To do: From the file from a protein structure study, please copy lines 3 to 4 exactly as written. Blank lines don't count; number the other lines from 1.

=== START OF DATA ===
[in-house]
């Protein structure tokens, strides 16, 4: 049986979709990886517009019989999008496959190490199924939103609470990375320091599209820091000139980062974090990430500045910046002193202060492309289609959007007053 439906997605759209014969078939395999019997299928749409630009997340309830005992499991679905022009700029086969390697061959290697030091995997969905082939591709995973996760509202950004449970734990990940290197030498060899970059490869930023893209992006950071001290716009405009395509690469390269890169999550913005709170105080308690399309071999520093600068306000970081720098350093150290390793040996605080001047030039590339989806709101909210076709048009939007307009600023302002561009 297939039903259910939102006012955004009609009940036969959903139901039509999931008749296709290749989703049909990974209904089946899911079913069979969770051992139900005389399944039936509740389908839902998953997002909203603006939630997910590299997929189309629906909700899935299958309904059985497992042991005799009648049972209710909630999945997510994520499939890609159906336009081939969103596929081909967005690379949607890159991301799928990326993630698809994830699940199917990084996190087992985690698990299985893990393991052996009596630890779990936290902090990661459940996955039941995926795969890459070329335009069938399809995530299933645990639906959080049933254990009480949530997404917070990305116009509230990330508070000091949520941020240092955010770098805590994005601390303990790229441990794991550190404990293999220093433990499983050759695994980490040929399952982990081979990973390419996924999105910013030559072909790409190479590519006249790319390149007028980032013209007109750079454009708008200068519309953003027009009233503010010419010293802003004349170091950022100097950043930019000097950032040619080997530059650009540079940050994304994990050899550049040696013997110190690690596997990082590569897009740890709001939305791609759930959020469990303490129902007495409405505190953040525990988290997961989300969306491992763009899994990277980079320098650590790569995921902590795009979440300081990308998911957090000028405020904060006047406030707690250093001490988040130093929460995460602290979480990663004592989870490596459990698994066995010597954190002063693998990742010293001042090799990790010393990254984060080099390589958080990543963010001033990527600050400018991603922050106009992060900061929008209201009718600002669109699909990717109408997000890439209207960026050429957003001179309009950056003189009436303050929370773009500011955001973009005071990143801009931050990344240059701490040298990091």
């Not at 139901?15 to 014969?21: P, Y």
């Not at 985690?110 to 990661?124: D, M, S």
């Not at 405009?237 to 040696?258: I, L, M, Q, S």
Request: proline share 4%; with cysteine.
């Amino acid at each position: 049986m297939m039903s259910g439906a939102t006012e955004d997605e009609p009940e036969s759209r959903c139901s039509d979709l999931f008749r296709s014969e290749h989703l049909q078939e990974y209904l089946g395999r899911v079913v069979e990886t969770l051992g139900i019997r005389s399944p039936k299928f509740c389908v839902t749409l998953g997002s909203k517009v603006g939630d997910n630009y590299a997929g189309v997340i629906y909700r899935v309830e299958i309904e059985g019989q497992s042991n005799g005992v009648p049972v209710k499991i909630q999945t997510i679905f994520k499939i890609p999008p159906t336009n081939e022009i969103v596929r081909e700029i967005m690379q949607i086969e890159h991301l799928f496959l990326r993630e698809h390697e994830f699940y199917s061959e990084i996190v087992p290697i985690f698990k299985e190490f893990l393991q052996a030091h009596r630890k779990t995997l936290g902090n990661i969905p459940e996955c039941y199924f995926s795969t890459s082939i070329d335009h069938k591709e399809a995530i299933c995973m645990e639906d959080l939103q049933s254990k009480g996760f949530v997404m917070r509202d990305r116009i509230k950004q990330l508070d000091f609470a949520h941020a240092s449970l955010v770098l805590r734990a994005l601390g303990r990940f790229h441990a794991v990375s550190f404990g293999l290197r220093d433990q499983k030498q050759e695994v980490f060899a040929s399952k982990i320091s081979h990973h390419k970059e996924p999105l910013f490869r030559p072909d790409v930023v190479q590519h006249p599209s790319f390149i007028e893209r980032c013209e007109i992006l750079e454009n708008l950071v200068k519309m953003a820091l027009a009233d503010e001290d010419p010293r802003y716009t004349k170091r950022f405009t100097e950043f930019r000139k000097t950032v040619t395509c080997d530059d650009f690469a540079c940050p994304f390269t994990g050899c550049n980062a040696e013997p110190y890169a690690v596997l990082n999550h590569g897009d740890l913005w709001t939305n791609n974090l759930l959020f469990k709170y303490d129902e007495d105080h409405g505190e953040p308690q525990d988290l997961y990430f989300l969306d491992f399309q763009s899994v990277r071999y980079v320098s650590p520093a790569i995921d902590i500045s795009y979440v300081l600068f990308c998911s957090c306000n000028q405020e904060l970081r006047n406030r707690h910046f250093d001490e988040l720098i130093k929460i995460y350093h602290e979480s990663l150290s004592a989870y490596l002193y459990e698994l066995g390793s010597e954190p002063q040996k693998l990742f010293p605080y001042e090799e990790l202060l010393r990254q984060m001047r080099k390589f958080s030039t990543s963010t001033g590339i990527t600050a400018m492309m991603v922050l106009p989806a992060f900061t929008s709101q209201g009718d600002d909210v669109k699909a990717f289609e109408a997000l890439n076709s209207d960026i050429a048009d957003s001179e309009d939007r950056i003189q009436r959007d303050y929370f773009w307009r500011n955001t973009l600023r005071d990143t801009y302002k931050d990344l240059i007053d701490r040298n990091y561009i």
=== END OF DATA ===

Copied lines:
């Not at 139901?15 to 014969?21: P, Y």
């Not at 985690?110 to 990661?124: D, M, S």